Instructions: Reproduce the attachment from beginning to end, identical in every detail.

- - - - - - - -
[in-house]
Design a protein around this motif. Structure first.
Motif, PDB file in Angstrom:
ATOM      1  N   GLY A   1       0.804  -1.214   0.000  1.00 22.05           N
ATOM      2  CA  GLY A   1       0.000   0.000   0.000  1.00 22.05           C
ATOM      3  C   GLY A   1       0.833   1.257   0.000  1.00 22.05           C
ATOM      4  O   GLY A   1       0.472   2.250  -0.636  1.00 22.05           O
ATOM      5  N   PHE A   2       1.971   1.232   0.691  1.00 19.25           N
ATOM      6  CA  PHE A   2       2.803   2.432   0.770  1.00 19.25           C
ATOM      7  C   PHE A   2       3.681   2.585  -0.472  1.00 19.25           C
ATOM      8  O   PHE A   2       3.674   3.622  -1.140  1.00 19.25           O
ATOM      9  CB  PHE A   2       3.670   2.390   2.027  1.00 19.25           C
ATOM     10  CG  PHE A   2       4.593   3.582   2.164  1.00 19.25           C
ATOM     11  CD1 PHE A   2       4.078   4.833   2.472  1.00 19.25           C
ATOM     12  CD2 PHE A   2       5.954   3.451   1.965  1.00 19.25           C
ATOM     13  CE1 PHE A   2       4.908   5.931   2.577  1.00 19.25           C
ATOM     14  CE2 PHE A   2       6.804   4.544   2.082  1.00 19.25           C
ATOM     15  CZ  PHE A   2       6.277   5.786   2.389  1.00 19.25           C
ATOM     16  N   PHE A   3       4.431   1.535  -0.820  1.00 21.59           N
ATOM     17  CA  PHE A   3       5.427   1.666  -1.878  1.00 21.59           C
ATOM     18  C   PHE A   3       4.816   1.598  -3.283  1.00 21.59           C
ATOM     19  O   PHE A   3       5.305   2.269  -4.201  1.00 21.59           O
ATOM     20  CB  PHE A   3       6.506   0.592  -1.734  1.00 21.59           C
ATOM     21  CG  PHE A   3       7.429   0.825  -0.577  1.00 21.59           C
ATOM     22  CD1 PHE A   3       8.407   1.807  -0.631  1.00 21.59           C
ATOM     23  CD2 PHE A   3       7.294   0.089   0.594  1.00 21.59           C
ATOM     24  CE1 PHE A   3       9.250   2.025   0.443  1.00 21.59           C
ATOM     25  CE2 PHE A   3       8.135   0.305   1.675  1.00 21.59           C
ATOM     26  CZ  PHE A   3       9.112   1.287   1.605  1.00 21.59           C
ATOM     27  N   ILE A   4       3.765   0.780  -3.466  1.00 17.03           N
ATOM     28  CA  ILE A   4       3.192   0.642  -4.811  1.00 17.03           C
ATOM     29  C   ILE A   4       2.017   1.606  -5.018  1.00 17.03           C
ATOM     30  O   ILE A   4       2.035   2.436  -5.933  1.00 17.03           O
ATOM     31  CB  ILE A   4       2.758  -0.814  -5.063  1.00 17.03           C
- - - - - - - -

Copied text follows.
[in-house]
Design a protein around this motif. Structure first.
Motif, PDB file in Angstrom:
ATOM      1  N   GLY A   1       0.804  -1.214   0.000  1.00 22.05           N
ATOM      2  CA  GLY A   1       0.000   0.000   0.000  1.00 22.05           C
ATOM      3  C   GLY A   1       0.833   1.257   0.000  1.00 22.05           C
ATOM      4  O   GLY A   1       0.472   2.250  -0.636  1.00 22.05           O
ATOM      5  N   PHE A   2       1.971   1.232   0.691  1.00 19.25           N
ATOM      6  CA  PHE A   2       2.803   2.432   0.770  1.00 19.25           C
ATOM      7  C   PHE A   2       3.681   2.585  -0.472  1.00 19.25           C
ATOM      8  O   PHE A   2       3.674   3.622  -1.140  1.00 19.25           O
ATOM      9  CB  PHE A   2       3.670   2.390   2.027  1.00 19.25           C
ATOM     10  CG  PHE A   2       4.593   3.582   2.164  1.00 19.25           C
ATOM     11  CD1 PHE A   2       4.078   4.833   2.472  1.00 19.25           C
ATOM     12  CD2 PHE A   2       5.954   3.451   1.965  1.00 19.25           C
ATOM     13  CE1 PHE A   2       4.908   5.931   2.577  1.00 19.25           C
ATOM     14  CE2 PHE A   2       6.804   4.544   2.082  1.00 19.25           C
ATOM     15  CZ  PHE A   2       6.277   5.786   2.389  1.00 19.25           C
ATOM     16  N   PHE A   3       4.431   1.535  -0.820  1.00 21.59           N
ATOM     17  CA  PHE A   3       5.427   1.666  -1.878  1.00 21.59           C
ATOM     18  C   PHE A   3       4.816   1.598  -3.283  1.00 21.59           C
ATOM     19  O   PHE A   3       5.305   2.269  -4.201  1.00 21.59           O
ATOM     20  CB  PHE A   3       6.506   0.592  -1.734  1.00 21.59           C
ATOM     21  CG  PHE A   3       7.429   0.825  -0.577  1.00 21.59           C
ATOM     22  CD1 PHE A   3       8.407   1.807  -0.631  1.00 21.59           C
ATOM     23  CD2 PHE A   3       7.294   0.089   0.594  1.00 21.59           C
ATOM     24  CE1 PHE A   3       9.250   2.025   0.443  1.00 21.59           C
ATOM     25  CE2 PHE A   3       8.135   0.305   1.675  1.00 21.59           C
ATOM     26  CZ  PHE A   3       9.112   1.287   1.605  1.00 21.59           C
ATOM     27  N   ILE A   4       3.765   0.780  -3.466  1.00 17.03           N
ATOM     28  CA  ILE A   4       3.192   0.642  -4.811  1.00 17.03           C
ATOM     29  C   ILE A   4       2.017   1.606  -5.018  1.00 17.03           C
ATOM     30  O   ILE A   4       2.035   2.436  -5.933  1.00 17.03           O
ATOM     31  CB  ILE A   4       2.758  -0.814  -5.063  1.00 17.03           C